Bringing these definitions to the data, we find renters in the bottom, owners in the middle, and capitalists at the top of the wealth distribution. Theoretically, households should be indifferent between renting or owning a house under the standard assumptions in economic theory (strict life cycle preferences, no bequest motives, no credit constraints, rational behaviour etc.). In practice, however, all of the conditions of the standard model are violated. Households care about bequests (both as recipients and as givers), they face borrowing constraints (like downpayment requirements), they show less-than-fully-rational behaviour and in addition the tax system often favours ownership vis-a-vis renting. Figure 2 shows the resulting estimates for renters, owners, and capitalists in the US and the Euro area. Note that the figure for the US cannot be found in the paper presented at the WID but will be included in an extended version or the paper we are working on currently. The lines can be interpreted as the probability that a household at a certain point of the wealth distribution with a certain level of wealth is a renter, owner, or capitalist.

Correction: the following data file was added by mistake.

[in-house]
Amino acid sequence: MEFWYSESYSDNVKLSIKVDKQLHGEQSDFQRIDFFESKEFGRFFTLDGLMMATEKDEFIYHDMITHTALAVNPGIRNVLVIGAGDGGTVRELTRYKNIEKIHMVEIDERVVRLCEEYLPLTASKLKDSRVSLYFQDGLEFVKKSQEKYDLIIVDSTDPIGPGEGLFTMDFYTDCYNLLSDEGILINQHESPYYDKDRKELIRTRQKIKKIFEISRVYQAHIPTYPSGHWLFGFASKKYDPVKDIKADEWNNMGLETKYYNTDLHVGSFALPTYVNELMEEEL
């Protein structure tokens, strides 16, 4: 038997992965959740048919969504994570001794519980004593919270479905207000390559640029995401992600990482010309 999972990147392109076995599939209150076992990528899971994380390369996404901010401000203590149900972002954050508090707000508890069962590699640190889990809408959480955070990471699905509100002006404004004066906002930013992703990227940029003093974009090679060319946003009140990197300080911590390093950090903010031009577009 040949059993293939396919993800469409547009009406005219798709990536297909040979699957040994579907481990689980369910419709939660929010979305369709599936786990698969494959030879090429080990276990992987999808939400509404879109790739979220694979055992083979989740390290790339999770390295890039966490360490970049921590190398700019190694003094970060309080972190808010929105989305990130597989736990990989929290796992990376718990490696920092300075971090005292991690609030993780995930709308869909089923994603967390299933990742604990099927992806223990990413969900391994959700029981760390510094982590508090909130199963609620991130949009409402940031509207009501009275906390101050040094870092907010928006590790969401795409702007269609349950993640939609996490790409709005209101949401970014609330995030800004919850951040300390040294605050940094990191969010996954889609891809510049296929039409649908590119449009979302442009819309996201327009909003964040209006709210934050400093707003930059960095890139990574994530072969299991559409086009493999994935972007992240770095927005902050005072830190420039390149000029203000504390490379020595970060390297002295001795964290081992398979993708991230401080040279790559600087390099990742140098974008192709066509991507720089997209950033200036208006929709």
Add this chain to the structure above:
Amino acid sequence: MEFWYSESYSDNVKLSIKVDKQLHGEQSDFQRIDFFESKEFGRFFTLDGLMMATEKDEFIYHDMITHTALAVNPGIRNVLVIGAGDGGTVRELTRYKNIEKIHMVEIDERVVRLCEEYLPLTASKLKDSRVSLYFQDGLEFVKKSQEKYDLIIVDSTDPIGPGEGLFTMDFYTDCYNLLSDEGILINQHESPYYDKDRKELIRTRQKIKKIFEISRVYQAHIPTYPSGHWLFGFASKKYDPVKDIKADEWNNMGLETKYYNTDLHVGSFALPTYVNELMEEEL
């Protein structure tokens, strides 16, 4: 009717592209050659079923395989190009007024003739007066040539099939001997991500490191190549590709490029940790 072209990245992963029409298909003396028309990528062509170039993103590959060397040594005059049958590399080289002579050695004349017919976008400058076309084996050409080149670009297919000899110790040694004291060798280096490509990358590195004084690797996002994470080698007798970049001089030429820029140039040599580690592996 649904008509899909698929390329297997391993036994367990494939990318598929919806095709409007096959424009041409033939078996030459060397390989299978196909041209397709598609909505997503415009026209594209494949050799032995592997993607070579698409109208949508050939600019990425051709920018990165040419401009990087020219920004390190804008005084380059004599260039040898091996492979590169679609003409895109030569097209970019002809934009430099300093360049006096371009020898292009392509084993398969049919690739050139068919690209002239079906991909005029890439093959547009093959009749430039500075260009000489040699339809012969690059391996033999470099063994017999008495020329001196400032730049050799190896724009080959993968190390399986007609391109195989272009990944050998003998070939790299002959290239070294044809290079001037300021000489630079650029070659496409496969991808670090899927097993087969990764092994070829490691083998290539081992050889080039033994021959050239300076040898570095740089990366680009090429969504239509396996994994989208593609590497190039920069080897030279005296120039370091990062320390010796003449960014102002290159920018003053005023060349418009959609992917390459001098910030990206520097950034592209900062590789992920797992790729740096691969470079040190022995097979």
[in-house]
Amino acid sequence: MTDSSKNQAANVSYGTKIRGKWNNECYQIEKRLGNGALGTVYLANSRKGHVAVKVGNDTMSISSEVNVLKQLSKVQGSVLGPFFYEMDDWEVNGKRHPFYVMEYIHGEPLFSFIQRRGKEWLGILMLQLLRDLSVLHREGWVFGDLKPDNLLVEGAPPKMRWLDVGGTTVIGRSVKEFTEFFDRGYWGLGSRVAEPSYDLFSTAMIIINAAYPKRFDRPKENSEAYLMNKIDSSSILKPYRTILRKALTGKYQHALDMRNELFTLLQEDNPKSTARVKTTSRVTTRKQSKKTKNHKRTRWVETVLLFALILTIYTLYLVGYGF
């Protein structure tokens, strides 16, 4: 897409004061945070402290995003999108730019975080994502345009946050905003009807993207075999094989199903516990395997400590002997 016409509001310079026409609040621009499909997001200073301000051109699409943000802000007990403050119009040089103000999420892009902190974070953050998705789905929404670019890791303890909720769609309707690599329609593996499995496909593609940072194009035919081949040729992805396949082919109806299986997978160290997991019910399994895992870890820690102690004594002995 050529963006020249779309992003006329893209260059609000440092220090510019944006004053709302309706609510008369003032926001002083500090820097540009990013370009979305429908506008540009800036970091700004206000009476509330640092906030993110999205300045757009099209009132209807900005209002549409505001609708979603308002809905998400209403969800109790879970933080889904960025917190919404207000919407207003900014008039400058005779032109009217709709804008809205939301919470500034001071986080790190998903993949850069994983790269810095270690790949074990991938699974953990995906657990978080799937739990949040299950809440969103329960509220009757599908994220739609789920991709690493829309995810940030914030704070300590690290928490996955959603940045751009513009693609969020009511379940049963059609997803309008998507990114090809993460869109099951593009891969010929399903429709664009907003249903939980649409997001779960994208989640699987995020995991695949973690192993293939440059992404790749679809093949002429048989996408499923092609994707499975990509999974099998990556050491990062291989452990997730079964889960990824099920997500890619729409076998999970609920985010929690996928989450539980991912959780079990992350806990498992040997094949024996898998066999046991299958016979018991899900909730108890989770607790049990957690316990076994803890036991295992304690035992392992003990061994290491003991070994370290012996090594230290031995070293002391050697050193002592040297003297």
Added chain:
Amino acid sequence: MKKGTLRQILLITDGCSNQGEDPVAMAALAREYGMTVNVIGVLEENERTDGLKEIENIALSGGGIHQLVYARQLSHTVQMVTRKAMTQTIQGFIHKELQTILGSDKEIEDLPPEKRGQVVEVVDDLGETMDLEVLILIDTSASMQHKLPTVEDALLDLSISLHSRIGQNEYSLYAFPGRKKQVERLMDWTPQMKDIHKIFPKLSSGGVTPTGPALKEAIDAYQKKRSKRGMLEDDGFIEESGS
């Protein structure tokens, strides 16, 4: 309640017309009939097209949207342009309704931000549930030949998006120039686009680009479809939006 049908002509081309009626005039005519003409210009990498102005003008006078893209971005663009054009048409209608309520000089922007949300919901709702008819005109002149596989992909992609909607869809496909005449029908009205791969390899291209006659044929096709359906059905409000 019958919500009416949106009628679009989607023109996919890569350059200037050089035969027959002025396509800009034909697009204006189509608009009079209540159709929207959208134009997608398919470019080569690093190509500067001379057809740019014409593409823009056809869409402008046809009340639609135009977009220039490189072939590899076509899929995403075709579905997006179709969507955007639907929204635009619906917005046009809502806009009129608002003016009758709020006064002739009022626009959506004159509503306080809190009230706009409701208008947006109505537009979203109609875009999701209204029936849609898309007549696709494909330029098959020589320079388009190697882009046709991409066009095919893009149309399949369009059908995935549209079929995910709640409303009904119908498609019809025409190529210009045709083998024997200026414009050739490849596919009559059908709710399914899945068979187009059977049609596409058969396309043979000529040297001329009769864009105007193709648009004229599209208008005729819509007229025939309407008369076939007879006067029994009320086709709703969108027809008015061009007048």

The same pattern emerges in all countries of the Euro area. In figure 2, we show Germany and Spain as rather extreme cases to illustrate how the general pattern holds while the points and the degree to which a certain class dominates a certain area of the wealth distribution can differ substantially.

Figure 2: Renters, owners and capitalists in US and the Euro area

The country patterns likely differ due to institutional settings, tax law, history, the welfare state, and many other conditions. As an example, different policies for owner-occupiers target different groups in different countries. The bottom 50 shares of wealth in one country can consist mostly of renters’ precautionary wealth while it can comprise mainly of the homes of owners in another country.